The ABCs of prevention

There are three kinds of prevention.

Primary prevention focuses on community-wide efforts to reduce disease in everyone. This is usually called public health. Some examples are mass immunizations, air-pollution controls and public-service campaigns to reduce smoking and other risky behavior. So-called “sin taxes” on cigarettes and alcohol are a form of primary prevention.

Secondary prevention is primarily screening to detect diseases such as cancer and heart disease in their early stages, in an effort to reduce severity. But screening does not prevent them.

Tertiary prevention attempts to keep disease under control after it has developed. This is also known as chronic-disease management, and is the most expensive form of prevention. There is an entire chapter devoted to this subject later in this book.

The bottom line is that most preventive services do not save money immediately. But that might not be the point. Prevention advocates correctly argue that most medical treatment does not save money, and that holding prevention to the different standard is unfair. The larger issue, they say, is to determine the best way to allocate health-care dollars to improve Americans’ health.

 Steven Woolf, a physician and Virginia Commonwealth University professor, argues that health is a commodity, just like a new car or a loaf of bread. They are bought for their non-monetary value – in this case, transportation or nourishment. They are not meant to save money. But they are expected to provide good value.

How much should an additional healthy year of life cost? The rule of thumb seems to be $100,000 or less for what health-policy experts call a “quality-adjusted life year.” It is easy to spend far more than that when disease-prevention efforts include a mostly healthy, low-risk population.

Placing an economic value on life is a tricky business. The Environmental Protection Agency valued an individual American’s life at $9.1 million when it proposed more stringent air-pollution controls in 2010. That is up from $6.8 million, the figure the agency used during when George W. Bush was president. The Food and Drug Administration’s number is $7.9 million, up from $5 million in 2008.

It is likewise difficult to tote up prevention cost-effectiveness. For example, adult cigarette smoking causes multiple chronic conditions and sickens children in the household. Secondhand smoke affects the public in places where smoking is not banned. How do you account for the value of tobacco-cessation programs for the damage not caused by smoking?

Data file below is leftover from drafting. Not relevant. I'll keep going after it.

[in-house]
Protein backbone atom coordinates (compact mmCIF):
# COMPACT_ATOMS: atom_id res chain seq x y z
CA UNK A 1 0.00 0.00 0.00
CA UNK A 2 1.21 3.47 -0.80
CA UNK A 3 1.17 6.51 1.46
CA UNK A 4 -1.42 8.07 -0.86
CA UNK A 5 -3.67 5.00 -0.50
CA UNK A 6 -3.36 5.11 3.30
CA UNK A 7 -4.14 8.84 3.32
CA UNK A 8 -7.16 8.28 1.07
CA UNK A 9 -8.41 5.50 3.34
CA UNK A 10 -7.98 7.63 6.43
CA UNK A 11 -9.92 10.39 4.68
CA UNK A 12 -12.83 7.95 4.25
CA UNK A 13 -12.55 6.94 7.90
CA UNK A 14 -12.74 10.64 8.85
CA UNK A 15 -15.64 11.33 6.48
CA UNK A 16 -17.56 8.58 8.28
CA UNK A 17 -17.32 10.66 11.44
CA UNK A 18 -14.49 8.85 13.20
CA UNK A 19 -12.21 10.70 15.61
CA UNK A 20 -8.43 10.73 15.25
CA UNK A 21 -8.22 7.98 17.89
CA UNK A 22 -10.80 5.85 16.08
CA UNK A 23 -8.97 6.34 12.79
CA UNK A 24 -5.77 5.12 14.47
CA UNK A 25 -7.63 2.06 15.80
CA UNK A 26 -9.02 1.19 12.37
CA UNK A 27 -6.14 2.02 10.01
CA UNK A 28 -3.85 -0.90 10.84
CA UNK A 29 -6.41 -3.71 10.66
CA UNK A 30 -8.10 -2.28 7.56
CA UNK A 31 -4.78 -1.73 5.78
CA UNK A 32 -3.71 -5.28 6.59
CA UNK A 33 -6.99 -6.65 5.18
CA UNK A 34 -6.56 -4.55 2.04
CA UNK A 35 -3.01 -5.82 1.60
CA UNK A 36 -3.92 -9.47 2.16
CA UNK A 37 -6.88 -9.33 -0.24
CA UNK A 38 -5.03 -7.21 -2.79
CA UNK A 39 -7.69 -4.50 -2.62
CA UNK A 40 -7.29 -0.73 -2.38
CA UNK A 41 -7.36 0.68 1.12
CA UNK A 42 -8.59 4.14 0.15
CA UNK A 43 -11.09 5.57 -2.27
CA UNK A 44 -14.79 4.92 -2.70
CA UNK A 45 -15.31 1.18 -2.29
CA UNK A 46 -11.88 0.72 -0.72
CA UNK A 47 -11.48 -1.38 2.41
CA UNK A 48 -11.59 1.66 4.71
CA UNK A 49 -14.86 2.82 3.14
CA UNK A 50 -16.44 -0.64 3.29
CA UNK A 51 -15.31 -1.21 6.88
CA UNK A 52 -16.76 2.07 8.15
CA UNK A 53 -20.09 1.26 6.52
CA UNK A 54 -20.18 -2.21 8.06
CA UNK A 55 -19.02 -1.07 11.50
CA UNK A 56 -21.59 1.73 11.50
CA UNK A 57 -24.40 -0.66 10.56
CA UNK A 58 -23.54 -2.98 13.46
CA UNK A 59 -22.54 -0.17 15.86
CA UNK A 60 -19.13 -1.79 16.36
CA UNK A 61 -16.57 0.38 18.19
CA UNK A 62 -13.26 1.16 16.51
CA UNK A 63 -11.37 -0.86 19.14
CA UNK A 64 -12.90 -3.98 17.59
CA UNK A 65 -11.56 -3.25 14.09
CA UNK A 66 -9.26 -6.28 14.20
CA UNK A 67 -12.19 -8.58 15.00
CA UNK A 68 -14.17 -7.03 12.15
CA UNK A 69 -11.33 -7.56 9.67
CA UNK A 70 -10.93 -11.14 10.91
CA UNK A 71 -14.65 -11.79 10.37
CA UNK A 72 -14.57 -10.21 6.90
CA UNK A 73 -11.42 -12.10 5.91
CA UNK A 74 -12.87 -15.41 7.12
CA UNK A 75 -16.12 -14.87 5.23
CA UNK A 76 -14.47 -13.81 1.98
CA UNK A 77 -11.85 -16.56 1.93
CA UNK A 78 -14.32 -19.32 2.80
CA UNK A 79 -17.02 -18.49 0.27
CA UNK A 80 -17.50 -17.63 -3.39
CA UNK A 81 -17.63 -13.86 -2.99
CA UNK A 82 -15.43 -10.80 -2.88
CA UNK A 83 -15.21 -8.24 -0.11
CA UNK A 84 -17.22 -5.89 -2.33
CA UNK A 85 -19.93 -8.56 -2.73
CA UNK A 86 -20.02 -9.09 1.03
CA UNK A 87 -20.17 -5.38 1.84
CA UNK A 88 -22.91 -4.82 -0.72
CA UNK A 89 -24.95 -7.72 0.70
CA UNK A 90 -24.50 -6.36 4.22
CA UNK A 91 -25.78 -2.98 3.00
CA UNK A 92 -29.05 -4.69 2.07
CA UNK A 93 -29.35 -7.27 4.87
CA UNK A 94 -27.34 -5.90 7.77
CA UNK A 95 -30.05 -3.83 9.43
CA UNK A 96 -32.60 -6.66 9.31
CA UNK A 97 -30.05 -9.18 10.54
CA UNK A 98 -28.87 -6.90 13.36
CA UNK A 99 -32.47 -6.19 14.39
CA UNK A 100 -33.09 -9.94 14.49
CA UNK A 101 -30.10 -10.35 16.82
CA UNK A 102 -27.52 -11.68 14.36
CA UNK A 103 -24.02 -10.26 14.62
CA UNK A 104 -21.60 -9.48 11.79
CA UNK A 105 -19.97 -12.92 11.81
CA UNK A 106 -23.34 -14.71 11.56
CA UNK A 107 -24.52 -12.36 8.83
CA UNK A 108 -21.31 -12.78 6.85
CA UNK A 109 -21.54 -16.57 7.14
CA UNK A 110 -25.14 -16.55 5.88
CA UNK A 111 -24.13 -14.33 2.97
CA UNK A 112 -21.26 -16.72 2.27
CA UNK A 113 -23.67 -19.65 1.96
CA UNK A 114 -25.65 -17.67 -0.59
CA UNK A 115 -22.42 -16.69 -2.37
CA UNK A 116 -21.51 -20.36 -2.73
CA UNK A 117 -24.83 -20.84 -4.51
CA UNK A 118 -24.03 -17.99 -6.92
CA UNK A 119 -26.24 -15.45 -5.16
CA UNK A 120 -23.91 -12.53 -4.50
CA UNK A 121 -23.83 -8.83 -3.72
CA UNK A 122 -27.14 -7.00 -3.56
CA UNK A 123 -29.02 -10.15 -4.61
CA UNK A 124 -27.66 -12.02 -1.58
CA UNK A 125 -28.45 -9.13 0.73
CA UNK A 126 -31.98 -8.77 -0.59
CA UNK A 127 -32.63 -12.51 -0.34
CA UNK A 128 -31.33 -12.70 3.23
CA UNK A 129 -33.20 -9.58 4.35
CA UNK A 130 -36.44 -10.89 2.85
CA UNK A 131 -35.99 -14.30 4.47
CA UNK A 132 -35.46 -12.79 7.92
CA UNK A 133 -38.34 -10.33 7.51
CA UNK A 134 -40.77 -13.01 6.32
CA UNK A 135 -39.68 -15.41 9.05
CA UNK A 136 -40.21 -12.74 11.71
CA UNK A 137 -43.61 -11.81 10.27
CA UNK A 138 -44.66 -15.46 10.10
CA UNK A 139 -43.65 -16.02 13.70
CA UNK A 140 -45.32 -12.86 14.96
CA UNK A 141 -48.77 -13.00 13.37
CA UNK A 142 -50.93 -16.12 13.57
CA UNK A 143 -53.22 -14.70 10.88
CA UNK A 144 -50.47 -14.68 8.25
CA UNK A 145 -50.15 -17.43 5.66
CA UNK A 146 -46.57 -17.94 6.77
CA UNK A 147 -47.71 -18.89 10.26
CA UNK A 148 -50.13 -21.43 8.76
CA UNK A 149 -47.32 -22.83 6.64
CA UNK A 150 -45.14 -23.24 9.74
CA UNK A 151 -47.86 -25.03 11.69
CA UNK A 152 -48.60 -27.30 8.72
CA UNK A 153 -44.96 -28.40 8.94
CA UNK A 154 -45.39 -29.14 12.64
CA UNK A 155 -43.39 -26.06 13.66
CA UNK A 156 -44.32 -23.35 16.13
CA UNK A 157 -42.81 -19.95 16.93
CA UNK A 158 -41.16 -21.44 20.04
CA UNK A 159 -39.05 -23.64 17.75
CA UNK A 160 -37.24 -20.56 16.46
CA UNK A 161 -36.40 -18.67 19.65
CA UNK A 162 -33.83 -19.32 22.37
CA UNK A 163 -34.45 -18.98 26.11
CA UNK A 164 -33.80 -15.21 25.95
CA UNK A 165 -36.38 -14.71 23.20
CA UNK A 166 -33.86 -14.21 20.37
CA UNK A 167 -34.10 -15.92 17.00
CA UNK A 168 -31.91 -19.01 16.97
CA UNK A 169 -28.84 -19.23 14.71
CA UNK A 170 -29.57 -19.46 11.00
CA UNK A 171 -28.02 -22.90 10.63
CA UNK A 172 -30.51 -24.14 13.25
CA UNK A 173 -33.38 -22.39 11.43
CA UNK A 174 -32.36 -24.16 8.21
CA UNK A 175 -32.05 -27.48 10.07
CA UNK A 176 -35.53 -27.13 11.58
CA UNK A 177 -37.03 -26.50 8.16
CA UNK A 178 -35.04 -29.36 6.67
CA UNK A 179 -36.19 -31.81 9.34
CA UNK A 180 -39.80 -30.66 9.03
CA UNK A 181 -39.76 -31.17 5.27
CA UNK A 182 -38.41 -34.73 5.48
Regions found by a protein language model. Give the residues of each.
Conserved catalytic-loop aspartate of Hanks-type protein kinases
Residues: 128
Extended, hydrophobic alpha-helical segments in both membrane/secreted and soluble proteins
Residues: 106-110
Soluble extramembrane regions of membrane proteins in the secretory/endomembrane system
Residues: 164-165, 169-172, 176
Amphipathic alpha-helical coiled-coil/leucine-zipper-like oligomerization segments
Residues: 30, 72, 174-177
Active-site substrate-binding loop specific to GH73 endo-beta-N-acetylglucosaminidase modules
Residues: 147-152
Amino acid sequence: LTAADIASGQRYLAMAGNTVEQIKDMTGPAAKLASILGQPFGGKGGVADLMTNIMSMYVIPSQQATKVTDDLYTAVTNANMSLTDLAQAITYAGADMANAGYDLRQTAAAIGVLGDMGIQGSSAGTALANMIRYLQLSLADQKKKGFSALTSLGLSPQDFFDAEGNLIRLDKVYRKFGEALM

Timing can also be an issue. Obese children almost inevitably become obese adults. If the condition could somehow be altered early in life, the personal and societal payoff would be enormous and compounded annually.

How much prevention costs depends on how it is delivered. An out-of-shape, overweight man can transform his health by deciding to change his diet and frequenting a local hiking trail. That cost is no more than an adjustment of the weekly grocery bill and a pair of sneakers, and it stays within the household. He profits by having a longer and healthier life. His insurance company pays less for his medical bills. His employer has a more energetic and engaged employee. Everyone wins, and the cost is peanuts.

If the man is not self-motivated, the costs start to mount and effectiveness becomes less certain. Perhaps his doctor has to spend time counseling him about potential health risks. Or his company has to offer him a cash incentive to work out.

Woolf contends that people often conflate the value of programs with the effectiveness of the behavior. The programs encouraging exercise cost money. But the resulting behavior likely saves money. This confusion can obscure positive public-health messages.

A final, and perhaps more cynical, point is that preventive services account for a tiny percentage of health-care costs. The big money is in treating disease. It is not that the health-care system wishes people ill. But most health-care marketing is about the wonders of medical technology and dealing with expensive conditions.

The pros and cons of health screenings

Many consider routine screening almost a duty, not unlike voting. But there are disadvantages as well as advantages.

Screening can detect medical conditions before symptoms present themselves. The best-case scenario is that treatment is more effective in a disease’s early stages and perhaps lives are saved.

But there are several downsides:

  • Screening people with low disease risk is expensive and needlessly clogs the medical system.